Abuse That Hides Behind Anti-racism

There is an absolutely horrifying article in The New York Times Magazine titled “White Debt” by one Eula Biss. The article documents calculated and relentless instances of psychological torture inflicted on a 4 – year-old boy by a mother who bullies the child and makes him feel guilty for. . . being white.

The article is absolutely heartbreaking in its first-person depiction of emotional abuse. Guilt is the favorite tool of all manipulators. Once you manage to make somebody feel guilty for something they didn’t choose and can’t change, you’ll own them forever.

The horror of the situation is that this Eula Biss creep knows enough faddy terminology to bamboozle those who are dumb enough to believe she cares about racism. The truth, however, is that her fake preoccupation with racism is just a way to torture a sad little boy.

The Irrelevant Borders

People often ask me what I mean when I talk about erosion of borders. Syed Farook and Tashfeen Malik are a great example. Islamic State got at them without anybody really needing to cross borders. It can just as easily get at somebody who never left the US at all.

Those Russian guys who were in ISIS’S gruesome head-chopping scene I told you about pledged allegiance to Islamic State before leaving Russia. And no borders stopped them from getting there, first psychologically,  and then physically.

Indoctrination happens in a space where national borders are irrelevant, and there’s nothing anybody can do about this.

Imaginary Immigrants

The otherness of immigrants* is often exploited to channel the anxieties generated by the contradictions of the capitalist economy into a direction that will pose no danger to the preservation of this system of economic relations. An immigrant is imagined as a tireless worker bee who, instead of feeling disconcerted by the liquid flows of capital, interacts, gladly and easily, with the fluidity and exploits it for his or her own advantage.

Instead of questioning the economic system that expects workers to renounce any sort of rootedness and connectedness in favor of a constant displacement in search of employment, members of the growing precariat aim their anger at immigrants. The desperation that forces immigrants to accept subpar working conditions is easy to mistake for complicity with the system that insists on a constant increase in productivity amidst the erosion of the last vestiges of stability.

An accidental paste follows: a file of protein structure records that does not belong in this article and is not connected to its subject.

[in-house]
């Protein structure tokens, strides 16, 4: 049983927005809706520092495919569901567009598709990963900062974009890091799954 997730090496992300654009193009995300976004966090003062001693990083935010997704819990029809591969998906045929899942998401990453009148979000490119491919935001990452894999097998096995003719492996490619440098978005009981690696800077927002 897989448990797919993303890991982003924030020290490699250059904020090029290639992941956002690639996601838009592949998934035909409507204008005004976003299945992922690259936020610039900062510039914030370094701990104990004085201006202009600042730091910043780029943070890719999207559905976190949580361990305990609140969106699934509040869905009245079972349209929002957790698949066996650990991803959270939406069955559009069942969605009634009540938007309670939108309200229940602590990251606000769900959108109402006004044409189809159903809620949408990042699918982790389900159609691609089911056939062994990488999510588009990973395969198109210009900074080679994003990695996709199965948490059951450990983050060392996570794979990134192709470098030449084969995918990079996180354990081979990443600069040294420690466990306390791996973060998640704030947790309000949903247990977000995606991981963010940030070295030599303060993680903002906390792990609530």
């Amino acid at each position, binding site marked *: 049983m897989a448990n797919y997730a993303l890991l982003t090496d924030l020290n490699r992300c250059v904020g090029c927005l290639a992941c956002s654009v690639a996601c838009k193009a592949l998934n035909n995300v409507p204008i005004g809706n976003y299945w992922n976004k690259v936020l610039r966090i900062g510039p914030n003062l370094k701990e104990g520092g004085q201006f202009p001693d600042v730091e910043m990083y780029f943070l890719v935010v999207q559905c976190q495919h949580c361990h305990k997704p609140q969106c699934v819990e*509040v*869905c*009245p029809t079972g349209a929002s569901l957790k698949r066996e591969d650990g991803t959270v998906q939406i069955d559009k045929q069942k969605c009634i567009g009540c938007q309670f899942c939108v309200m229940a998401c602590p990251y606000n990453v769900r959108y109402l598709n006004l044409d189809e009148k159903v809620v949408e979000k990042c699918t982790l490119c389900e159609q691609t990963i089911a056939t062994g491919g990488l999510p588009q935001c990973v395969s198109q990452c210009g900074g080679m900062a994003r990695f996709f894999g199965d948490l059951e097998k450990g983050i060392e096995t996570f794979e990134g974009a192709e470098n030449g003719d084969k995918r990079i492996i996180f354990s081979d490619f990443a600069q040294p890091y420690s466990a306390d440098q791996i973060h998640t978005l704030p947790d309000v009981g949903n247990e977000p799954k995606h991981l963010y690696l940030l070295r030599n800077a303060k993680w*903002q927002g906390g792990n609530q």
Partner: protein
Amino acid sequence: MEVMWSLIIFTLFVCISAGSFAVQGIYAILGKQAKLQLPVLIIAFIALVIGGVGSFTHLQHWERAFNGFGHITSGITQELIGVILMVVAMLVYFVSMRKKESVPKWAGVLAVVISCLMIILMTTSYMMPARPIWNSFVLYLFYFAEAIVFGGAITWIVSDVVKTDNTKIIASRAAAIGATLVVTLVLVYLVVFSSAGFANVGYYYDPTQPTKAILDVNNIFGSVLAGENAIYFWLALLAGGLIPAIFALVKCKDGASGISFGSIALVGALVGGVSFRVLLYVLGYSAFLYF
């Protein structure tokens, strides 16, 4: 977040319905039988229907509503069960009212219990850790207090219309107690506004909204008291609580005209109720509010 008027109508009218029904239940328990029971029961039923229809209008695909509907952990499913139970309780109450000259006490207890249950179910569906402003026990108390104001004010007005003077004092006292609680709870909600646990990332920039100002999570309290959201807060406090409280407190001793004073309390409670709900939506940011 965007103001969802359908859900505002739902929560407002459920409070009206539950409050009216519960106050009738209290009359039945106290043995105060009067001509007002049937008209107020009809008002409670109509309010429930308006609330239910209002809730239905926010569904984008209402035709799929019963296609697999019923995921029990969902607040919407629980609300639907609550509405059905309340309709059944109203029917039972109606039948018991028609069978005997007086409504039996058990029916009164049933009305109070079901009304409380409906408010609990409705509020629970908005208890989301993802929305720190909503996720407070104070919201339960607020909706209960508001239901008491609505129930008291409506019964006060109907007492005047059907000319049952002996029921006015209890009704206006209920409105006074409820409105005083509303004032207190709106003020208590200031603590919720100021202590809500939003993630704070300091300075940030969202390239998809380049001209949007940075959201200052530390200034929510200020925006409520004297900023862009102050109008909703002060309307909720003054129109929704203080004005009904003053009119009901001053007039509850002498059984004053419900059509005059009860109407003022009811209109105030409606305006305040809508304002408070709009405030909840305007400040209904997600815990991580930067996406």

At the core of the fear of an unknowable stranger leas the terror of an opaque and incomprehensible future in a rapidly changing world.


* It’s very crucial to see the differences between a refugee and an immigrant because otherwise this particular discussion becomes confusing.

People Who Scare Me

Among people who really scare me are those who are insistently turning the discussion of the San Bernardino massacre into a debate on gun control. I have nothing whatsoever against gun control or an outright ban on all objects that can shoot a bullet (as I said, this is not my issue at all.) But these people scare me because they practice Orwellian amnesia to a very disturbing degree. 

Not a month ago we saw a far deadlier terror attack in Paris conducted by people associated with the same organization to which the San Bernardino killers pledged allegiance. The terrorists used Kalashnikovs in a country where buying a Kalashnikov is illegal. As we all know, that did not prevent the massacre. 

Surely, it is not possible for people to have forgotten this so soon. Yet they keep repeating “gun control would have prevented the massacre, gun control would have prevented the massacre” in a way that, frankly, sounds deranged. There were bombs at the scene, indicating that the killers would have just blown the place to bits if that were their only option. There was nothing to have prevented them from creating an extremely powerful explosive device even if no guns existed on this planet at all. 

Once again, yes, let’s discuss gun control but I’d prefer to see it done in a way that is less insane than “the weather is nasty today, the NRA must be to blame.” 

People’s brains are so lazy that all they can do is reach for some familiar, comforting narrative whenever anything happens. If, at least, their repertoire of narratives were a bit more varied, but no, usually it’s just one or two broken records than are being put on for everybody else’s enjoyment.

This is why my blog is so popular even in the age when blogging is losing out to Facebooking and Tweeting. Readers who are desperate for something other than the robotic narratives delivered everywhere else and want something more intellectually challenging flock here. 

The Anti-College Genre

The New York Times today published yet another contribution to the “evil colleges are dens of iniquity filled with heartless evildoers” genre. This time, colleges are blamed for pushing students into expensive meal plans and then sneakily using some of the funds for academic programs. Of course, the article’s author doesn’t deign to explain the desperation of state colleges that are simply not getting any money from the state and are driven into collapse by a growing bureaucratic apparatus they are forced to maintain with God knows what money.

Of course, this is not solely the journalist’s fault. Readers are eager for fresh contributions to the anti-college genre and will lap up any bit of idiocy that tells them what they want to hear. The actual reason for this college-hatred is, in reality, the general public’s unease with the new reality where everybody will need at least one college degree in order to be even marginally employable. This reality is not going away no matter how much one rants about meal plans, elitist professors, manipulated rape stats, etc.